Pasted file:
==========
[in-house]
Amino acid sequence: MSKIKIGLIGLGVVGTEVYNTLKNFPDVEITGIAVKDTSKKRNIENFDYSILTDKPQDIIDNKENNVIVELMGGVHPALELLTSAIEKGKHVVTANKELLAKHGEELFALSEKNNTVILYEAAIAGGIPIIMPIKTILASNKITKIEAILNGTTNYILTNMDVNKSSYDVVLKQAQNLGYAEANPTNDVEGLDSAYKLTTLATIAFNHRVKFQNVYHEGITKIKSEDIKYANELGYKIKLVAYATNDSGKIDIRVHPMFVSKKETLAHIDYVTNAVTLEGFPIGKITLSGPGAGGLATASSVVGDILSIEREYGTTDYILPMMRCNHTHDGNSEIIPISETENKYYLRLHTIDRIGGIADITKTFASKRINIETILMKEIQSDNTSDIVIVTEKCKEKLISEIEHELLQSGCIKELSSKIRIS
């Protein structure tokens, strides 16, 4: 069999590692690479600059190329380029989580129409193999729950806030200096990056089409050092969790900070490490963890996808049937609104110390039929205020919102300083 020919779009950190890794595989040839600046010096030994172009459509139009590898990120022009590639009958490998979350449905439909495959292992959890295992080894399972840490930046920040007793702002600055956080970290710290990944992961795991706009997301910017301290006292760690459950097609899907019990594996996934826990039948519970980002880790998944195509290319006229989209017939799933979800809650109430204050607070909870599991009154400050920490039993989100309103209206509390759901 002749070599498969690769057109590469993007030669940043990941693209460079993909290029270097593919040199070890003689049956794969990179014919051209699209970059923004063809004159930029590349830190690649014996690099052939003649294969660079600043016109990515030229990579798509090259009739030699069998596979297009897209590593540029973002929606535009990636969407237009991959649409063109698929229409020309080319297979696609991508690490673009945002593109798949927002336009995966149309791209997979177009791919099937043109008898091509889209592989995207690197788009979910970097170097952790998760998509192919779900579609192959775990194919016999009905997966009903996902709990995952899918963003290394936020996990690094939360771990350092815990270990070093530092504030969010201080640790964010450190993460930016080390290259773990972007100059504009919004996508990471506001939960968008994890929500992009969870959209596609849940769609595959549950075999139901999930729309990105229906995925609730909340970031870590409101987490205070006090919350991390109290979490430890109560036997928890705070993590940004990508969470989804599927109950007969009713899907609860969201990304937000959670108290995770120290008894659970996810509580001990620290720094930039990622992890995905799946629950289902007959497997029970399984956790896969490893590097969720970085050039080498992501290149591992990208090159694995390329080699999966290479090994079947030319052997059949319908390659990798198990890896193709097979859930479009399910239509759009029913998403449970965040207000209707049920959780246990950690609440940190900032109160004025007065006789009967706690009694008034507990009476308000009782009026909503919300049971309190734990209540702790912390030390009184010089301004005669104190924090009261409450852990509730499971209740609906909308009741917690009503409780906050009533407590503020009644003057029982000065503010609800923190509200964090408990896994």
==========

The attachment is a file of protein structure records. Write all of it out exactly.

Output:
[in-house]
Amino acid sequence: MSKIKIGLIGLGVVGTEVYNTLKNFPDVEITGIAVKDTSKKRNIENFDYSILTDKPQDIIDNKENNVIVELMGGVHPALELLTSAIEKGKHVVTANKELLAKHGEELFALSEKNNTVILYEAAIAGGIPIIMPIKTILASNKITKIEAILNGTTNYILTNMDVNKSSYDVVLKQAQNLGYAEANPTNDVEGLDSAYKLTTLATIAFNHRVKFQNVYHEGITKIKSEDIKYANELGYKIKLVAYATNDSGKIDIRVHPMFVSKKETLAHIDYVTNAVTLEGFPIGKITLSGPGAGGLATASSVVGDILSIEREYGTTDYILPMMRCNHTHDGNSEIIPISETENKYYLRLHTIDRIGGIADITKTFASKRINIETILMKEIQSDNTSDIVIVTEKCKEKLISEIEHELLQSGCIKELSSKIRIS
């Protein structure tokens, strides 16, 4: 069999590692690479600059190329380029989580129409193999729950806030200096990056089409050092969790900070490490963890996808049937609104110390039929205020919102300083 020919779009950190890794595989040839600046010096030994172009459509139009590898990120022009590639009958490998979350449905439909495959292992959890295992080894399972840490930046920040007793702002600055956080970290710290990944992961795991706009997301910017301290006292760690459950097609899907019990594996996934826990039948519970980002880790998944195509290319006229989209017939799933979800809650109430204050607070909870599991009154400050920490039993989100309103209206509390759901 002749070599498969690769057109590469993007030669940043990941693209460079993909290029270097593919040199070890003689049956794969990179014919051209699209970059923004063809004159930029590349830190690649014996690099052939003649294969660079600043016109990515030229990579798509090259009739030699069998596979297009897209590593540029973002929606535009990636969407237009991959649409063109698929229409020309080319297979696609991508690490673009945002593109798949927002336009995966149309791209997979177009791919099937043109008898091509889209592989995207690197788009979910970097170097952790998760998509192919779900579609192959775990194919016999009905997966009903996902709990995952899918963003290394936020996990690094939360771990350092815990270990070093530092504030969010201080640790964010450190993460930016080390290259773990972007100059504009919004996508990471506001939960968008994890929500992009969870959209596609849940769609595959549950075999139901999930729309990105229906995925609730909340970031870590409101987490205070006090919350991390109290979490430890109560036997928890705070993590940004990508969470989804599927109950007969009713899907609860969201990304937000959670108290995770120290008894659970996810509580001990620290720094930039990622992890995905799946629950289902007959497997029970399984956790896969490893590097969720970085050039080498992501290149591992990208090159694995390329080699999966290479090994079947030319052997059949319908390659990798198990890896193709097979859930479009399910239509759009029913998403449970965040207000209707049920959780246990950690609440940190900032109160004025007065006789009967706690009694008034507990009476308000009782009026909503919300049971309190734990209540702790912390030390009184010089301004005669104190924090009261409450852990509730499971209740609906909308009741917690009503409780906050009533407590503020009644003057029982000065503010609800923190509200964090408990896994």